We left Alexandria and drove up to Washington, D.C., in time to have lunch with my old friend Rabbi Michael and his wife Lawyer Julie.
Michael and I hadn’t seen each other in almost a decade, and now his children are no longer children; two of them are older than I was when I met Michael. I was in the first few weeks of college, feeling a little bit adrift, when the fellow in front of me in the dinner line started talking to me about science fiction. Next thing I knew, he got me to go to Washington, D.C., to participate in a political rally in support of the Equal Rights Amendment (ERA) on the law of the Capitol building. That was my first trip to Washington, as well as the furthest south and the furthest west I’d ever been in my life. I guess it is not entirely surprising that two geeky, politically committed teenagers wound up as middle-aged progressive clergy committed to peace and social justice.
After lunch, Carol and I wandered over to the Capitol Hill Bookstore, a maze of books on shelves and books in stacks on the floor. The woman sitting at the front desk was listening to audio of the Congressional hearings on gun control. After dinner, my friend E took us over to East City Bookshop, a new bookstore near Capitol Hill. E pointed out the substantial number of books on politics and political figures, and said something to the effect that you’re just going to find more politics in a D.C. bookstore.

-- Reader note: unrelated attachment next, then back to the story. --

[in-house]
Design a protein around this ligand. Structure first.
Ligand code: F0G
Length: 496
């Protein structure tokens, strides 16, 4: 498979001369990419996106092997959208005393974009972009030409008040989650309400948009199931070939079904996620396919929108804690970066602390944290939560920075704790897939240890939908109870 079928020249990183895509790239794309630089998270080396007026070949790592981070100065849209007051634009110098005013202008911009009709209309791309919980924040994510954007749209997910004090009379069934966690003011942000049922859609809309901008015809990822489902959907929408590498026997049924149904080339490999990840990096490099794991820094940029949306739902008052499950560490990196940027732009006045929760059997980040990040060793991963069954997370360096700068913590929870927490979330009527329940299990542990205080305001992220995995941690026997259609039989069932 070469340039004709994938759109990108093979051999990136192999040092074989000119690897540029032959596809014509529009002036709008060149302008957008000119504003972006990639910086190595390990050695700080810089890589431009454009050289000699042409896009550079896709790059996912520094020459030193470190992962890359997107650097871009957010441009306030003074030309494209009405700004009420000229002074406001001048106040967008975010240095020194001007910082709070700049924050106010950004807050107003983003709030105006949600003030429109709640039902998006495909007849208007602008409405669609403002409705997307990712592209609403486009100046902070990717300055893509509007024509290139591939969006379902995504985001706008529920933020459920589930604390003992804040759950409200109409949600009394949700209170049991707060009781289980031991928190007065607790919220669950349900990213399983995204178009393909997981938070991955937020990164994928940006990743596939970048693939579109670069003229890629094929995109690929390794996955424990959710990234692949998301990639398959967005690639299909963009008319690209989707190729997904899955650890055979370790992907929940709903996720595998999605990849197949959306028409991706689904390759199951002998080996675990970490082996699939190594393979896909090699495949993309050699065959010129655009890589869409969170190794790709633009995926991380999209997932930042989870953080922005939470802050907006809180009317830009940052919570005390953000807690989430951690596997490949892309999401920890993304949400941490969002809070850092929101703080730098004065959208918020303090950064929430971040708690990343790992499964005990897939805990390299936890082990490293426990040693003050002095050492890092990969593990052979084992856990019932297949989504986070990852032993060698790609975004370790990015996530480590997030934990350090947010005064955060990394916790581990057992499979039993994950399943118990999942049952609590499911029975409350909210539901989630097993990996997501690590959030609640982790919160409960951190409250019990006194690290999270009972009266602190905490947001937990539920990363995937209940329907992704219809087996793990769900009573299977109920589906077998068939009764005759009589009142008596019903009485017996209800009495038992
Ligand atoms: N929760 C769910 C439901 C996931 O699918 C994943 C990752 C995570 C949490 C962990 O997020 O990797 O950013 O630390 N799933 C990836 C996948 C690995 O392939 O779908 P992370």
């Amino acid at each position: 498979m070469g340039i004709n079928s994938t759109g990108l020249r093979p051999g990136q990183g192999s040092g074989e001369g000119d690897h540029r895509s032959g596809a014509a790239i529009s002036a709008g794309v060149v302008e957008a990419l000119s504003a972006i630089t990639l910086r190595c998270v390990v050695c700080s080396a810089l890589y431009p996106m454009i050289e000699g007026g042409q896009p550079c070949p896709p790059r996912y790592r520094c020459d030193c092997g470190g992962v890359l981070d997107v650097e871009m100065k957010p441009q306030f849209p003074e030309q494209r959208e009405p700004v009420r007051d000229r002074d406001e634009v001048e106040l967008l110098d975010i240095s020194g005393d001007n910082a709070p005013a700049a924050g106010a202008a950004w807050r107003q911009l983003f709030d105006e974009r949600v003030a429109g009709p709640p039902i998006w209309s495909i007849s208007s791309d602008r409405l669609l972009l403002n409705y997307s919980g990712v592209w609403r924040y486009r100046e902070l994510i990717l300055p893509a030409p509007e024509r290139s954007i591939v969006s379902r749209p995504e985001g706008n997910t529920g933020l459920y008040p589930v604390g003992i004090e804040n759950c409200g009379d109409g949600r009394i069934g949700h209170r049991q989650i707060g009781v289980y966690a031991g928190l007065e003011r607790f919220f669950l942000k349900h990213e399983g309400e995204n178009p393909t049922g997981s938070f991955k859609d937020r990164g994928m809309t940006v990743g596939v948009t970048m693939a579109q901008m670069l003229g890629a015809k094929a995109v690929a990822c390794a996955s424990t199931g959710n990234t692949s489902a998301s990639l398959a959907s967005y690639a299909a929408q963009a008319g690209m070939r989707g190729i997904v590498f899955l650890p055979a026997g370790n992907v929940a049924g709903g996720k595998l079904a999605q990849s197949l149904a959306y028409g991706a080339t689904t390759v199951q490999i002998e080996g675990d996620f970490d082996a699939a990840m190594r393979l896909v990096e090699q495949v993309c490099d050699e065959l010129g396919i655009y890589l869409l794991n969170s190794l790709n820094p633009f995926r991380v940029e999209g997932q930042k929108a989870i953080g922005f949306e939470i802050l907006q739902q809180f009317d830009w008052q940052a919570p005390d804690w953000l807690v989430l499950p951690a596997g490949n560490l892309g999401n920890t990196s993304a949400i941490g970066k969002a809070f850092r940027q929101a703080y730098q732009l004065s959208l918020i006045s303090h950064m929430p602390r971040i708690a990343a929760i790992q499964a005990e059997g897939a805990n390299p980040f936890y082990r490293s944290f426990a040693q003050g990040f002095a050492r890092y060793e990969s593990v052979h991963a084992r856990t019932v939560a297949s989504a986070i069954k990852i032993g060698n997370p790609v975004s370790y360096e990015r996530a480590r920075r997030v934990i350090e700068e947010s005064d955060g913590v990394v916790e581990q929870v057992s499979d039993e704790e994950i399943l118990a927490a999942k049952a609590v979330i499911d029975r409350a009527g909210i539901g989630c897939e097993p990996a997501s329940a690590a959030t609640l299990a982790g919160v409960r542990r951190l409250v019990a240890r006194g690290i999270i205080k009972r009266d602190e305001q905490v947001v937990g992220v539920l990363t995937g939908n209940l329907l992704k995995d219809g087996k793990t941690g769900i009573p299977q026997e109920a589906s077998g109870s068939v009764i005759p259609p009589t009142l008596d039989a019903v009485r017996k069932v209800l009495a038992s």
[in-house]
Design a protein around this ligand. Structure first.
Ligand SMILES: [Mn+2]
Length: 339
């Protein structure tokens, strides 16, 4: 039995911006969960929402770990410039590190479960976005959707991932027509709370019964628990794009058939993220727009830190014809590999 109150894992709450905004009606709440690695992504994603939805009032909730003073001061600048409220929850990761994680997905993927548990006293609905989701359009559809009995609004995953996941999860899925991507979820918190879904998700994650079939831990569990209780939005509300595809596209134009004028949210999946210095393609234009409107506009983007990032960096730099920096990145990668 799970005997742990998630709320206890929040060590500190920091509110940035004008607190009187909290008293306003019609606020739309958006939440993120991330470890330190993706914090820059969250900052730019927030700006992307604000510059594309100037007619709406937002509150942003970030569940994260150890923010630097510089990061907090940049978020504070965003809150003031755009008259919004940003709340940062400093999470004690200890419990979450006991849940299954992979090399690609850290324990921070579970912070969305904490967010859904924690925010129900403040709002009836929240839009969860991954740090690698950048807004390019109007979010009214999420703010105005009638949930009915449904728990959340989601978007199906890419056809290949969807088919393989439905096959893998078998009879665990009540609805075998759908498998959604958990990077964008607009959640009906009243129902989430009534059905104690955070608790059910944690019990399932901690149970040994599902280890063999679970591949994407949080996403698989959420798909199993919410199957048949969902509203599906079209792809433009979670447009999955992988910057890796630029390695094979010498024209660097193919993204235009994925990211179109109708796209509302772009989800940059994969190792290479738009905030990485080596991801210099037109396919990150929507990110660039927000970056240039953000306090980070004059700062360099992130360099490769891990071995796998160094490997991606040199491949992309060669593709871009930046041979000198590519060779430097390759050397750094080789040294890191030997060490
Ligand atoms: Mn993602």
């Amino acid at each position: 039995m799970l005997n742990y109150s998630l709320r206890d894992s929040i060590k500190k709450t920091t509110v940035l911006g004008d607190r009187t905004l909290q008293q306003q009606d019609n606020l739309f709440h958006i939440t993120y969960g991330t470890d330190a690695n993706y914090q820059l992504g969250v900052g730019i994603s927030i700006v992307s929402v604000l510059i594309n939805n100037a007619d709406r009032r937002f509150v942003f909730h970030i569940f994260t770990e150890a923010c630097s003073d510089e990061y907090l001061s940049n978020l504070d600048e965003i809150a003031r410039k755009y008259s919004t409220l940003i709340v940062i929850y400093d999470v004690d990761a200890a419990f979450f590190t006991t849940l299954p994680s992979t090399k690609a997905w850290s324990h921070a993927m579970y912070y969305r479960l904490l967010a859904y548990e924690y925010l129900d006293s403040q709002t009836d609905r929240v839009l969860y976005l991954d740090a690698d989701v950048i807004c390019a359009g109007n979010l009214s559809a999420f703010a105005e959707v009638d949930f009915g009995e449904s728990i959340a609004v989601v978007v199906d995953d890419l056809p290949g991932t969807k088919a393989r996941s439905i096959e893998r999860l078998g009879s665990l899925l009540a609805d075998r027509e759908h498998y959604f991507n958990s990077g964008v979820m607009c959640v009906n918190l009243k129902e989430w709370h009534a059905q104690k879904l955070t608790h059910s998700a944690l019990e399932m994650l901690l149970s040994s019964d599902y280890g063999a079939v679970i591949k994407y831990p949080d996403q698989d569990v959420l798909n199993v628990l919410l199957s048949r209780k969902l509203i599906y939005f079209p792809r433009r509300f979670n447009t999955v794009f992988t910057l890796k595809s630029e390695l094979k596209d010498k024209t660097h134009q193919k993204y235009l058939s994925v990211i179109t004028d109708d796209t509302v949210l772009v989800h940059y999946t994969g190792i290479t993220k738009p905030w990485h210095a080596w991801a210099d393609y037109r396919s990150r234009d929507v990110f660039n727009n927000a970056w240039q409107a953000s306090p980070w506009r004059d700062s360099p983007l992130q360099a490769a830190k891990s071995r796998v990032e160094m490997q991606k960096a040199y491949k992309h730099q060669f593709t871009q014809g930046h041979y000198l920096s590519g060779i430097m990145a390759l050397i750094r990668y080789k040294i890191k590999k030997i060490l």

Carol and I went for a walk this morning while it was still relatively cool (that is, under ninety degrees). We came across this “Little Library” — not an official Little Free Library, or at least it is not listed on the official Web site — which Carol wanted to examine more closely because it has a green roof.
We walked as far as the Capitol building, where a political rally was in progress. About 75 people in bright orange t-shirts stood on the rear steps of the Capitol building in the hot sun. Perhaps a hundred people stood directly in front of them in the hot sun, and another couple of hundred stood further back in the shade. We could hear the amplified voice of a woman telling about how her son was permanently disabled by stray gunfire. Several of the people in the shade held signs that said “Disarm Hate.”
I am glad that we still have the right to freely assemble in the United States — more or less, with significant restrictions on public assemblies, and generally with a significant police presence. But I’ve changed my mind about protest politics since the days I protested on the lawn of the Capitol building for the Equal Rights Amendment; protest politics is easier and more exciting than face-to-face door-to-door political organizing, but I now believe protest politics simply polarizes opposition while it’s the face-to-face one-on-one conversations that actually work best.
From a pragmatic standpoint, I suppose protest politics might work, a little, if you can get some media coverage. Carol and I saw several young protestors, dressed in bright pink shirts and signs, talking with a television news cameraman; their signs read “Ban Assault Weapons Now.” Perhaps they will get a five-second slot on the evening TV news. Perhaps someone will watch that five seconds on TV, and change their mind about gun control. But I doubt it….